Art history has been one of the big academic growth areas of the last half century. In 1950, you could only study it in three British universities: the figure now stands at around 50. For many years Oxford and Cambridge refused to take it seriously, only offering the subject as the second part of a degree. Both have now jumped on the bandwagon and offer full courses. Although the number of university applicants recently dipped by around 10 per cent, this year's opening of Lottery-funded museums is likely to fuel further expansion.
So the provision of books to students and art lovers is increasingly big business. Tate Modern, when it opens on Bankside in May, will boast the world's biggest art bookshop. Potentially the most lucrative area is the introductory survey. The best-selling art book of all time is Ernst Gombrich's The Story of Art (Phaidon, pounds 19.95). Since 1950, it has sold over 6 million copies.
Oxford University Press is now trying to muscle in on this market. The Oxford History of Western Art is edited by Martin Kemp, Professor of Art History at Oxford, and includes contributions by 51 scholars. OUP have come out with all guns blazing. A polemical press release, which slighted the authors of rival works, has already prompted a scathing rebuke in Private Eye.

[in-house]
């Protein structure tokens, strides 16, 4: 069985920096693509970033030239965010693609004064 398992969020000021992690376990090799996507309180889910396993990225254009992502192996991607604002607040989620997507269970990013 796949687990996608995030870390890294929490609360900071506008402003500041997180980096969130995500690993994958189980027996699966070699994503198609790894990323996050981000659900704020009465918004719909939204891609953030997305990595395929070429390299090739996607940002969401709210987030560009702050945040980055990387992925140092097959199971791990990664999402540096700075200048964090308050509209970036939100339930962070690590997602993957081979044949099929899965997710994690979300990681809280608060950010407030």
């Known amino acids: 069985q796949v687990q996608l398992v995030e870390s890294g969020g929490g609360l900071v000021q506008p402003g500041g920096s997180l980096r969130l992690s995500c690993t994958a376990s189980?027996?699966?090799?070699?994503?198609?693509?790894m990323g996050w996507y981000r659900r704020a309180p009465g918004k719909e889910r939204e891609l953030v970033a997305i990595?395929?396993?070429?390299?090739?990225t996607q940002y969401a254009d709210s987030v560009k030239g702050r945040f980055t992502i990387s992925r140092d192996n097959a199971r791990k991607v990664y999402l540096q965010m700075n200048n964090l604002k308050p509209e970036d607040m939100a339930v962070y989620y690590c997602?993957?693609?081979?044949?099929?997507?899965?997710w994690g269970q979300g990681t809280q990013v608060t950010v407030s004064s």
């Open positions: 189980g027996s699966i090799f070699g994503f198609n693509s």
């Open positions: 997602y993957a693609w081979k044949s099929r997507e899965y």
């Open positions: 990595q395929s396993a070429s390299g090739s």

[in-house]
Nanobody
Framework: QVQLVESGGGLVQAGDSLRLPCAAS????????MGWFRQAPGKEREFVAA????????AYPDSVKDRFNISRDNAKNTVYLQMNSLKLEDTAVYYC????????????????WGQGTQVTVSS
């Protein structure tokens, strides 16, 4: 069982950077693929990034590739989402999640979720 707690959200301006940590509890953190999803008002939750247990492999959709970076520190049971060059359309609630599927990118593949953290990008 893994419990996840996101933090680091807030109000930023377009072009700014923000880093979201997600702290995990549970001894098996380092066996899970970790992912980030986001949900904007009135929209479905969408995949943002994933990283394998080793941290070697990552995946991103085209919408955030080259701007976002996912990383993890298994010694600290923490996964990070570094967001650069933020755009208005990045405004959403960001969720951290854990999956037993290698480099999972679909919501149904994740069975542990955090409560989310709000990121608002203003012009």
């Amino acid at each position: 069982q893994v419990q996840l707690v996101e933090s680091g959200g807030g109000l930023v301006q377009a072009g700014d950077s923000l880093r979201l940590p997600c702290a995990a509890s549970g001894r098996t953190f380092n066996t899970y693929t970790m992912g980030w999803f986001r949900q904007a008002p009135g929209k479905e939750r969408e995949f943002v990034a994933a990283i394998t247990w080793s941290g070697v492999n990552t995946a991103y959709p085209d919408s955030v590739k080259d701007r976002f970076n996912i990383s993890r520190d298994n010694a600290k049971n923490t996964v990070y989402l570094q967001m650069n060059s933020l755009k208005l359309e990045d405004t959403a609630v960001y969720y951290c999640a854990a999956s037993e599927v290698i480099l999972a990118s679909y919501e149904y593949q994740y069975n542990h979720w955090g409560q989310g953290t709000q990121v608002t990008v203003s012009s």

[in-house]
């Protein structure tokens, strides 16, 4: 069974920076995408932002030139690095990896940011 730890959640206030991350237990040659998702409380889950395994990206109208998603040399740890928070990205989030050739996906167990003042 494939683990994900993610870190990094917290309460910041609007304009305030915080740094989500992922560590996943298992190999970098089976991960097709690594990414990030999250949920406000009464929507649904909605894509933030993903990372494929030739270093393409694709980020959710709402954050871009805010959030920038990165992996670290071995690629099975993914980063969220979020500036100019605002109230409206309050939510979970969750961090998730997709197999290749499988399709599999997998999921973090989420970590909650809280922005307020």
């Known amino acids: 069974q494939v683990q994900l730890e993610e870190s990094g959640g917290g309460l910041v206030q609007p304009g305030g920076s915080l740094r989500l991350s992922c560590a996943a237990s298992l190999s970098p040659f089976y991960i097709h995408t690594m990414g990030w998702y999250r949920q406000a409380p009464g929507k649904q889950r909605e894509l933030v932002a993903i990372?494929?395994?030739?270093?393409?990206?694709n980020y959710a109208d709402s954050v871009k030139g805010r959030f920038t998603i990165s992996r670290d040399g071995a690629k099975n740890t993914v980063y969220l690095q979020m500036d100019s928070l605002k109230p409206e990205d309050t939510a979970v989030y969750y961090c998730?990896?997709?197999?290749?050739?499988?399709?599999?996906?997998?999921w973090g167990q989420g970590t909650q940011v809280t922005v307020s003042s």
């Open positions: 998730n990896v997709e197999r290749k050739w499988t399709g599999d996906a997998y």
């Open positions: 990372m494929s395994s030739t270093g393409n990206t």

Kemp himself makes no bones about the iconoclastic nature of his magnum opus. Instead of a hagiographic plotting of individual careers, the emphasis is on the contexts within which artists worked. There are sections devoted to the settings for art, from churches and piazzas to museums, and to interpreters of art - historians and critics. Discrete sections discuss "lesser" forms such as prints, photographs and the decorative arts.
While some of the essays - especially on the non-canonical artforms - are impressive, it feels like a work in progress rather than the finished article. OUP hasn't heard the old adage "too many profs spoil the broth". This is a babel of different tongues with far too much repetition, inconsistency, and some extraordinary omissions. The design is poor, with illustrations bunched in chaotic groups rather than keyed into the text.
It is also full of slack writing. which should have been edited. Thus the Great Altar at Pergamon (c.160 BC) is said to be "in an operatizing, `baroque' mode"; a Bronzino panel painting is included in a section on painting on canvas; we hear that in 1906-7 Picasso "sought to tap more primal reservoirs"; Cornelia Parker's installations are "somewhat discretely and sometimes insistently spectacular." Such sloppiness is worrying in any book but, in an introductory survey, it is fatal.
With the more innovative aspects, it is a case of "what the Lord giveth, the Lord taketh away". Kemp's introduction states that the separate sections on the print stress that "one of the `lesser arts' played a hugely significant role in conveying imagery to an over- widening audience". This point appears to find confirmation when we are told in a later essay that Raphael "is said" to have hung Durer's prints around his studio.
But drawings played an equally important role in the diffusion of styles. Raphael and Durer exchanged drawings, and we know that Raphael was most impressed of all by a "marvellous" Durer self- portrait in gouache and watercolour. …